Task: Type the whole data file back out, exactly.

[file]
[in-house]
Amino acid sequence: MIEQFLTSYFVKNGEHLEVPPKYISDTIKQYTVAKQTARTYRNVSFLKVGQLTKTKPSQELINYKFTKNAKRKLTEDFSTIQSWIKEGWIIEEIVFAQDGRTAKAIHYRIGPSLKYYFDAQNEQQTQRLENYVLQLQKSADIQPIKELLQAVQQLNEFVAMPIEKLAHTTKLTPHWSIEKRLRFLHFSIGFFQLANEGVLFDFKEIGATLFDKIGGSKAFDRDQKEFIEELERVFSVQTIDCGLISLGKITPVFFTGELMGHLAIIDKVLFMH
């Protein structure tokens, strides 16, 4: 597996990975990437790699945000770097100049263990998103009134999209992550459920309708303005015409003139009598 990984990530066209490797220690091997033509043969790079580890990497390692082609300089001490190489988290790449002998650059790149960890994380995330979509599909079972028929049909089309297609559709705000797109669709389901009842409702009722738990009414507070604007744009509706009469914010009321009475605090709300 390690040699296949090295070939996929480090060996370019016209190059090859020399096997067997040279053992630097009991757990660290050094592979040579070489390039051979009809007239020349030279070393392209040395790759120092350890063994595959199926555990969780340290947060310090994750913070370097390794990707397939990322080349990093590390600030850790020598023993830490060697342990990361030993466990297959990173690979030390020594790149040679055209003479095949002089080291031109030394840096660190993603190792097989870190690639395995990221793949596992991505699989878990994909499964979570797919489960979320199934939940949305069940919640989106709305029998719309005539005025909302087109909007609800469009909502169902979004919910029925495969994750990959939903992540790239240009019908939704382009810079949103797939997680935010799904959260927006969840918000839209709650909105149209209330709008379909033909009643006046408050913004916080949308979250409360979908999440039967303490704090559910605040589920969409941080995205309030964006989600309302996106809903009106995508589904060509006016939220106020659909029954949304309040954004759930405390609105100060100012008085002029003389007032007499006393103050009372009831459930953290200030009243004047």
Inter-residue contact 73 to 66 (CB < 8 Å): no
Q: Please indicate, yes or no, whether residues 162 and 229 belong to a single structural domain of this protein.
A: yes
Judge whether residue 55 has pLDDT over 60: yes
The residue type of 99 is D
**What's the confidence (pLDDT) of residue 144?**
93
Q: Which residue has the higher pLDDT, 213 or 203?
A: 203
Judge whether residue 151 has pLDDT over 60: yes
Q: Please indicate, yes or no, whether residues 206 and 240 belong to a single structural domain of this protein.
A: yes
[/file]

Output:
[in-house]
Amino acid sequence: MIEQFLTSYFVKNGEHLEVPPKYISDTIKQYTVAKQTARTYRNVSFLKVGQLTKTKPSQELINYKFTKNAKRKLTEDFSTIQSWIKEGWIIEEIVFAQDGRTAKAIHYRIGPSLKYYFDAQNEQQTQRLENYVLQLQKSADIQPIKELLQAVQQLNEFVAMPIEKLAHTTKLTPHWSIEKRLRFLHFSIGFFQLANEGVLFDFKEIGATLFDKIGGSKAFDRDQKEFIEELERVFSVQTIDCGLISLGKITPVFFTGELMGHLAIIDKVLFMH
């Protein structure tokens, strides 16, 4: 597996990975990437790699945000770097100049263990998103009134999209992550459920309708303005015409003139009598 990984990530066209490797220690091997033509043969790079580890990497390692082609300089001490190489988290790449002998650059790149960890994380995330979509599909079972028929049909089309297609559709705000797109669709389901009842409702009722738990009414507070604007744009509706009469914010009321009475605090709300 390690040699296949090295070939996929480090060996370019016209190059090859020399096997067997040279053992630097009991757990660290050094592979040579070489390039051979009809007239020349030279070393392209040395790759120092350890063994595959199926555990969780340290947060310090994750913070370097390794990707397939990322080349990093590390600030850790020598023993830490060697342990990361030993466990297959990173690979030390020594790149040679055209003479095949002089080291031109030394840096660190993603190792097989870190690639395995990221793949596992991505699989878990994909499964979570797919489960979320199934939940949305069940919640989106709305029998719309005539005025909302087109909007609800469009909502169902979004919910029925495969994750990959939903992540790239240009019908939704382009810079949103797939997680935010799904959260927006969840918000839209709650909105149209209330709008379909033909009643006046408050913004916080949308979250409360979908999440039967303490704090559910605040589920969409941080995205309030964006989600309302996106809903009106995508589904060509006016939220106020659909029954949304309040954004759930405390609105100060100012008085002029003389007032007499006393103050009372009831459930953290200030009243004047």
Inter-residue contact 73 to 66 (CB < 8 Å): no
Q: Please indicate, yes or no, whether residues 162 and 229 belong to a single structural domain of this protein.
A: yes
Judge whether residue 55 has pLDDT over 60: yes
The residue type of 99 is D
**What's the confidence (pLDDT) of residue 144?**
93
Q: Which residue has the higher pLDDT, 213 or 203?
A: 203
Judge whether residue 151 has pLDDT over 60: yes
Q: Please indicate, yes or no, whether residues 206 and 240 belong to a single structural domain of this protein.
A: yes